By Ray LeMoine

Will the sacred preppie den Bar Martignetties be among the first market-crash casualties

Anything I touch seems to get tagged with a Fear and Loathing moniker, even though I hate Hunter S Thompson. After the market crashed on Monday I worked with my buddy Gilmore to produce a short news feature for Channel4 UK, which of course they called Fear and Loathing in New York.

It was a weird post-crash night in New York: Balthazar claimed the slowest night in years, Bar Martignetties was literally empty, and Beatrice Inn yuppie free. We worked about 20 hours straight and even wound up getting assaulted by some Wall St cock face on the 7:23am train from New Caanan. Thanks to ReutersTV for editing expertise.

Watch it here

And here’s C4’s copy:

Fear and loathing in New York
30 Sep 2008
By: Channel 4 News
Inigo Gilmore visited New York’s financial district to see how the bankers are coping.

During the Wall Street crash of 1929, prohibition was in full swing – with the manufacture and sale of alcohol banned.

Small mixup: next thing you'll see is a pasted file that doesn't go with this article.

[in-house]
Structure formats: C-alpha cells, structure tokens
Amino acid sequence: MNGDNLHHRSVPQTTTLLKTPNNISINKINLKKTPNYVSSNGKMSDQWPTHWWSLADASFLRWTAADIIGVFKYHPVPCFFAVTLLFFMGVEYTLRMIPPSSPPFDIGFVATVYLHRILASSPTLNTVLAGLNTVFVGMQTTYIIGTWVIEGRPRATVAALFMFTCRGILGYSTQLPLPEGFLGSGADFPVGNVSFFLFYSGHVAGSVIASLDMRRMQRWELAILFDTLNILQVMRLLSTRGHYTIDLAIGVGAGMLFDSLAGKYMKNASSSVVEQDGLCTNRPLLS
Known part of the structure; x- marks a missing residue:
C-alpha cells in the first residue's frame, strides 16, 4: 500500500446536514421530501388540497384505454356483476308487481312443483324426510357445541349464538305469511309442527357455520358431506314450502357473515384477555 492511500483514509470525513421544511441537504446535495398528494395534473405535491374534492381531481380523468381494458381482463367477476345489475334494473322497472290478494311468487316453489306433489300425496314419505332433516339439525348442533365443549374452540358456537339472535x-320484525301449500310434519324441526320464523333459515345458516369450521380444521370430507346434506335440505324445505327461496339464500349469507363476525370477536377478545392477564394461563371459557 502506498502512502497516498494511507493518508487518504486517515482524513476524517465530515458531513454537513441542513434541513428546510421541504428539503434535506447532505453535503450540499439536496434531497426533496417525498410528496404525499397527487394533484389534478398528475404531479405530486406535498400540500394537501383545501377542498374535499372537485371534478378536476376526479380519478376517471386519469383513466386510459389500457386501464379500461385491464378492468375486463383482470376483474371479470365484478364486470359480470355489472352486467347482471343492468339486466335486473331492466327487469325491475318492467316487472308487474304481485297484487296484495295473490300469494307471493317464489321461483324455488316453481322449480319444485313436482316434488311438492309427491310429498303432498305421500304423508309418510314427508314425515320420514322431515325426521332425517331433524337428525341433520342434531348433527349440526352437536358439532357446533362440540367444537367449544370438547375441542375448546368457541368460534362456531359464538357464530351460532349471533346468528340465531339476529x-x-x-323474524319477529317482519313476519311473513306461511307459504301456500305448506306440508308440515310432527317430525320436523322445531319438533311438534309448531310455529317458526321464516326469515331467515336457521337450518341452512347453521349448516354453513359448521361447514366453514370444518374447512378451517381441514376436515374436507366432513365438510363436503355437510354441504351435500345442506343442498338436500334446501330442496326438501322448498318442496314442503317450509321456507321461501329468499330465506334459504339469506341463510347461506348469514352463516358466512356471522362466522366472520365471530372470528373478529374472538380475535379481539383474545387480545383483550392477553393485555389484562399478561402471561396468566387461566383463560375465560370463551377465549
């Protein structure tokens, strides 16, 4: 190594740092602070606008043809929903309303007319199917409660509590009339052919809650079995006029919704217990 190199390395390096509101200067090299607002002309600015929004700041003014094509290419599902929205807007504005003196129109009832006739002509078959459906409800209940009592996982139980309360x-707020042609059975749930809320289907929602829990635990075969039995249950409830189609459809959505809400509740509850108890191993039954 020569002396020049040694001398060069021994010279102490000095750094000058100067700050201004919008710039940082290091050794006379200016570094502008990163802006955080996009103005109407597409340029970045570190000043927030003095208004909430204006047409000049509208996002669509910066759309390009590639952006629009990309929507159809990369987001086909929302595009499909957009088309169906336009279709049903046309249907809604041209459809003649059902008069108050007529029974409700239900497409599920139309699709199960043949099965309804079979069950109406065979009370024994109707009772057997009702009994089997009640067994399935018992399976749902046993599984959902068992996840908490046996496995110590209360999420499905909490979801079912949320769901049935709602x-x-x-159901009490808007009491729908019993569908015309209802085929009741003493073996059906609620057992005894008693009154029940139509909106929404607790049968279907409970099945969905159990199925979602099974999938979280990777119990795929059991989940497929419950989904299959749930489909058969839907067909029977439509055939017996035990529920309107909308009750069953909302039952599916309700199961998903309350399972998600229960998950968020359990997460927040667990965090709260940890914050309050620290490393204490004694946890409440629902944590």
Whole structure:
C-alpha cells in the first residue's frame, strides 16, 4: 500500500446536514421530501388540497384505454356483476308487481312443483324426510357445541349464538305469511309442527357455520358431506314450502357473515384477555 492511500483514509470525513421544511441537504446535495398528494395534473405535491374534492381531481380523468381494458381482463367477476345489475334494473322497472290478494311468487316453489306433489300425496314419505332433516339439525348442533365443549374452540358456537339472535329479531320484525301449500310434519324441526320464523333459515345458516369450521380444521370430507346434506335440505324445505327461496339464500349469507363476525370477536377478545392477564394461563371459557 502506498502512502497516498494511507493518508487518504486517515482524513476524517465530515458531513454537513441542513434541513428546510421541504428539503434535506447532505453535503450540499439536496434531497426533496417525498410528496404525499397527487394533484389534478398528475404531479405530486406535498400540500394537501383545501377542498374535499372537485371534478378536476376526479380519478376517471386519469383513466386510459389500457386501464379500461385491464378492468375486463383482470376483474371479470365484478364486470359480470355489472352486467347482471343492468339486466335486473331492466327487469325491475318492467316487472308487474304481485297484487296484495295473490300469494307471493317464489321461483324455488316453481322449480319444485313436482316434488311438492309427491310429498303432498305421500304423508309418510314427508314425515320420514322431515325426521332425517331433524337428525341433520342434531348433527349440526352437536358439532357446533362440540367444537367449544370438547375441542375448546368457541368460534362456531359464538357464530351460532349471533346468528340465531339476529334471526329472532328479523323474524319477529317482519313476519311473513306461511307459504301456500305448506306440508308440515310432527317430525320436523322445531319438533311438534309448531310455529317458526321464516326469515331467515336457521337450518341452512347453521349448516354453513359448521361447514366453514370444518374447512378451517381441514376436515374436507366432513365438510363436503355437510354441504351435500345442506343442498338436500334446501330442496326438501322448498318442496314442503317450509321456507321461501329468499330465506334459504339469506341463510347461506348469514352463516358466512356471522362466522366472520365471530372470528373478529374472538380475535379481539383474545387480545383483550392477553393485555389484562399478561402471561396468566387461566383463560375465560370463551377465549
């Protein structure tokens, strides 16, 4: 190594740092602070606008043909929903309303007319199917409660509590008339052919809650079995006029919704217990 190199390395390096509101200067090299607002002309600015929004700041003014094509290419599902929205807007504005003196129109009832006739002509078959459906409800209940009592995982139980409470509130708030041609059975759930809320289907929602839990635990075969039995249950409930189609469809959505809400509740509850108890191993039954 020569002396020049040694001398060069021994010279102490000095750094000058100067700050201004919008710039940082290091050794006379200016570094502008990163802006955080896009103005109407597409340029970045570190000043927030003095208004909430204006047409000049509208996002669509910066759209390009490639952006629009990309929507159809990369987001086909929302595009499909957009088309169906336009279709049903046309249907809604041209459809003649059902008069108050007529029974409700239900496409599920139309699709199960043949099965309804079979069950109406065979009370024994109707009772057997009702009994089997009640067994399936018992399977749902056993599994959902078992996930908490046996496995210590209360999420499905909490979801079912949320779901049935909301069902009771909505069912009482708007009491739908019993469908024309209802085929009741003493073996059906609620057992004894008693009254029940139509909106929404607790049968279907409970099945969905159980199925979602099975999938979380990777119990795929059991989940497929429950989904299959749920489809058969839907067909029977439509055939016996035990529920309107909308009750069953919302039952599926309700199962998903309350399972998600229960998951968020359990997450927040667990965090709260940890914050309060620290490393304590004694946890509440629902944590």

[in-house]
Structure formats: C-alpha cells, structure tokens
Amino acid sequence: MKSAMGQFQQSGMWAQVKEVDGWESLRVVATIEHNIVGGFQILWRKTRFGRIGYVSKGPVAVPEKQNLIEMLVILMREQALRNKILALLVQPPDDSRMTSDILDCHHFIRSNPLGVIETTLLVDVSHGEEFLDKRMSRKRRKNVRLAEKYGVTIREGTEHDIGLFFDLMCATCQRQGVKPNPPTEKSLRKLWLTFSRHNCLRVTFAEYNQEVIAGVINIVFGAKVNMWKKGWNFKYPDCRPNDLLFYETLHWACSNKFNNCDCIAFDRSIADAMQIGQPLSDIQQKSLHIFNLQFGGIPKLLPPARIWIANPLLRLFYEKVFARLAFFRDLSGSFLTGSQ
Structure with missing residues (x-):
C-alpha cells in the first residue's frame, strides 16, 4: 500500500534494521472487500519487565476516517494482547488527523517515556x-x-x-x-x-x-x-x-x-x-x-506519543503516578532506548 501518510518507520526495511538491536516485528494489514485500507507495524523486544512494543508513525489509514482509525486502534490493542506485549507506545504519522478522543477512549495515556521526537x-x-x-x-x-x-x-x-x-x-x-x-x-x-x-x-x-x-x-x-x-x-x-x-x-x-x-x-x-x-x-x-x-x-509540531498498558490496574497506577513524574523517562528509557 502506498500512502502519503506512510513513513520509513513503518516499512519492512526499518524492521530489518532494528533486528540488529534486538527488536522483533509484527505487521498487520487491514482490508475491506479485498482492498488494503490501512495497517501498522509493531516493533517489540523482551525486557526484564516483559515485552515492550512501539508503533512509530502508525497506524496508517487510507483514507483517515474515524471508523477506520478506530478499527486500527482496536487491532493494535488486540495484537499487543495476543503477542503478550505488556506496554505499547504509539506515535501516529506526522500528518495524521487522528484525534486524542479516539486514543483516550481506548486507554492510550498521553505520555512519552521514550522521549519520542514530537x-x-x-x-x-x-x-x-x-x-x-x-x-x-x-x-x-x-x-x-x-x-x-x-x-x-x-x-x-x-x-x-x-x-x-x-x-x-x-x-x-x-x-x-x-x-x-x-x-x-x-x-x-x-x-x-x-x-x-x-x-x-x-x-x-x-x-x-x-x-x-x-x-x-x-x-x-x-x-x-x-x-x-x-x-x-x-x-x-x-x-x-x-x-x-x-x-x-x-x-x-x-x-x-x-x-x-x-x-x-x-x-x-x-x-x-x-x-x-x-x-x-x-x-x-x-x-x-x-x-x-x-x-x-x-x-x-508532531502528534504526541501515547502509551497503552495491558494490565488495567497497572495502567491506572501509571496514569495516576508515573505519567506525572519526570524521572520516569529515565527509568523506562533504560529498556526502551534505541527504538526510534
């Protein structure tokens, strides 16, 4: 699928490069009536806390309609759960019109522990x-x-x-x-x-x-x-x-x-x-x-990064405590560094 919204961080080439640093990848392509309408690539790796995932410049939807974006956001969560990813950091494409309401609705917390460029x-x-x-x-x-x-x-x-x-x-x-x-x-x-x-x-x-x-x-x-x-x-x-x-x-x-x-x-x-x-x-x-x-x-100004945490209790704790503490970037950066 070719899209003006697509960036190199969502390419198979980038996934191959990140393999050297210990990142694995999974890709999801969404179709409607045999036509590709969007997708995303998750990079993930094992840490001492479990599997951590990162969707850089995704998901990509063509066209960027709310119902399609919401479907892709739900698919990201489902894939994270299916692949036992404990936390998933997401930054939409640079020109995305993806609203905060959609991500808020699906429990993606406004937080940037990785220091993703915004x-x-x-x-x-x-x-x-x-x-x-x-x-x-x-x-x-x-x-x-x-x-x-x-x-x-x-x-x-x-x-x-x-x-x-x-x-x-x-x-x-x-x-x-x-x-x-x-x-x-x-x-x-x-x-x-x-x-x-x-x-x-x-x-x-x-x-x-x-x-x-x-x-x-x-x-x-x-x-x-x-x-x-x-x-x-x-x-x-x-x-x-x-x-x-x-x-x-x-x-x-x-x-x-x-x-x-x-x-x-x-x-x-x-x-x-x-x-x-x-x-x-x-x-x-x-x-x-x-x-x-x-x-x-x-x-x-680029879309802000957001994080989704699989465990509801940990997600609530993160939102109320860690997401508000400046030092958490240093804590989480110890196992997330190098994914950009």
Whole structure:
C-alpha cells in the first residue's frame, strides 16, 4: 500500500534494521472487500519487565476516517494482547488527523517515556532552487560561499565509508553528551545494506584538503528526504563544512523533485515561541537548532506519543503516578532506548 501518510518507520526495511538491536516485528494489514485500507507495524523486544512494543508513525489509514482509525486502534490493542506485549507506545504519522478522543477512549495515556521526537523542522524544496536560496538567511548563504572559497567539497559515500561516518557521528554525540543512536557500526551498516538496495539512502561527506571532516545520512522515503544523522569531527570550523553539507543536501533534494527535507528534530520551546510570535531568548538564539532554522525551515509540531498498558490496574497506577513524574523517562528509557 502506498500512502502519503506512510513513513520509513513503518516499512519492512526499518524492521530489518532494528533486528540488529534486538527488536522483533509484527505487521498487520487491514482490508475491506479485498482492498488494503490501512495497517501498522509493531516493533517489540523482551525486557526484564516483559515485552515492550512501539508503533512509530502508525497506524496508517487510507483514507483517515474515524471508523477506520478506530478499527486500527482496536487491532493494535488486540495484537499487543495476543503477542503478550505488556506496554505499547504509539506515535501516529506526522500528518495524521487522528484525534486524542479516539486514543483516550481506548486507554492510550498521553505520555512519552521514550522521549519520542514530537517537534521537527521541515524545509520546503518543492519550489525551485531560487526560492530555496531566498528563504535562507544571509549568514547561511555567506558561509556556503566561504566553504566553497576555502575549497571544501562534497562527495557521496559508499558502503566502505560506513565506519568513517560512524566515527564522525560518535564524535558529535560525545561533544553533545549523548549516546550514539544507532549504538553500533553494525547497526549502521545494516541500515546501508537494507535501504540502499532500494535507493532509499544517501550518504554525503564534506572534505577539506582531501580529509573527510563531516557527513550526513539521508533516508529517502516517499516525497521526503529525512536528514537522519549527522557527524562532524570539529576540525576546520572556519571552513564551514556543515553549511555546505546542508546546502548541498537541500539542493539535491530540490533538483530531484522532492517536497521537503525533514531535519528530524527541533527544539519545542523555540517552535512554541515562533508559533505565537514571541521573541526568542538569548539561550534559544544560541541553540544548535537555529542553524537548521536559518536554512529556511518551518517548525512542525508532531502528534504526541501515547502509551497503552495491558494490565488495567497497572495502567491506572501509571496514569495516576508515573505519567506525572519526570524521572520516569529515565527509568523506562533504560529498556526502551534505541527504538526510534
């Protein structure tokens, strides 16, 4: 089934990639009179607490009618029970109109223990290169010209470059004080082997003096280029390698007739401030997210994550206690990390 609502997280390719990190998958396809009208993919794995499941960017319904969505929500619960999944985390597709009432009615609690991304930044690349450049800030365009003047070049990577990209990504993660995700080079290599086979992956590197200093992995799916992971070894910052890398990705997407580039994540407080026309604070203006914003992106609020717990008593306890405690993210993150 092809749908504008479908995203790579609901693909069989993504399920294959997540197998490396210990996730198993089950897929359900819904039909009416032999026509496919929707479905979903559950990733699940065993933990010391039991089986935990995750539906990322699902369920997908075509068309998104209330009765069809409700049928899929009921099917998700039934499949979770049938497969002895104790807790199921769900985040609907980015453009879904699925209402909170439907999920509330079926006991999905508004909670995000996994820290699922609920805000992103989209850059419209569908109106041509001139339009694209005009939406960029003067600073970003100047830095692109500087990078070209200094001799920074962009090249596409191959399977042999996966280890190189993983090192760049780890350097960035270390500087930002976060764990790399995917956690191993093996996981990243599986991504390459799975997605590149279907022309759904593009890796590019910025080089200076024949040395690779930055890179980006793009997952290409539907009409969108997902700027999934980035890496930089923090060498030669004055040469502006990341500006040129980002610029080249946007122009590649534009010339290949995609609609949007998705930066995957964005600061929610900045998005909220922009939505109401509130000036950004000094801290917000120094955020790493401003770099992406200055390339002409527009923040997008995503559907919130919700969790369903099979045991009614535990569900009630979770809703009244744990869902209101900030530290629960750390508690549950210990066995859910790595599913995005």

So with shares volatile and bonuses under threat, what’s a Wall Street banker to do? Head to the pub, of course.

These days, in the midst of the financial crisis, bankers aren’t finding it as hard to drown their sorrows, as shares dive and their bonuses are put under threat.

So which Wall St jocker bro hangout will be first to close? Well, judging from absence of a single paying customer on Monday at 9:30pm, it could be Bar Martignetties. In the now legendary “Pink Shirts Welcome” story from the NYT Sunday Styles, Allen Sarkin desribed the scene with gusto (from May 2007):

Once inside Netti’s, the nickname most regulars use for both levels even though the downstairs, officially, is called Bella’s, the young patrons can enjoy themselves far from mocking eyes. Wearing a black-and-white polka-dot dress that was cut both low and high, Ms. Irani, 23, stood near the D.J. booth downstairs, where her fellow Trinity alumnus Nick Harvey Brown, an Englishman, was spinning 80’s music. “Stroke me, stroke me,” the speakers sang. Anthony Martignetti refers to Ms. Irani as a princess. She says she is an 11th-generation member of a noble Zoroastrian family with roots in Mumbai, but won’t confirm the princess thing.

She does have a regal way about her. Her highness ordered shots of tequila all around and a glass of Champagne for herself. “I like it,” she said, fingering the glass as it was handed up to her, brown eyes flashing. “And it likes me.”

The right to the pursuit of happiness is enshrined in the Declaration of Independence, put there by a collection of landed gentry who could be considered proto-preppies (John Hancock, Harvard, 1754). Making fun of preppies is almost as old an American pastime.

Speaking American pastimes, Go Red Sox!!!

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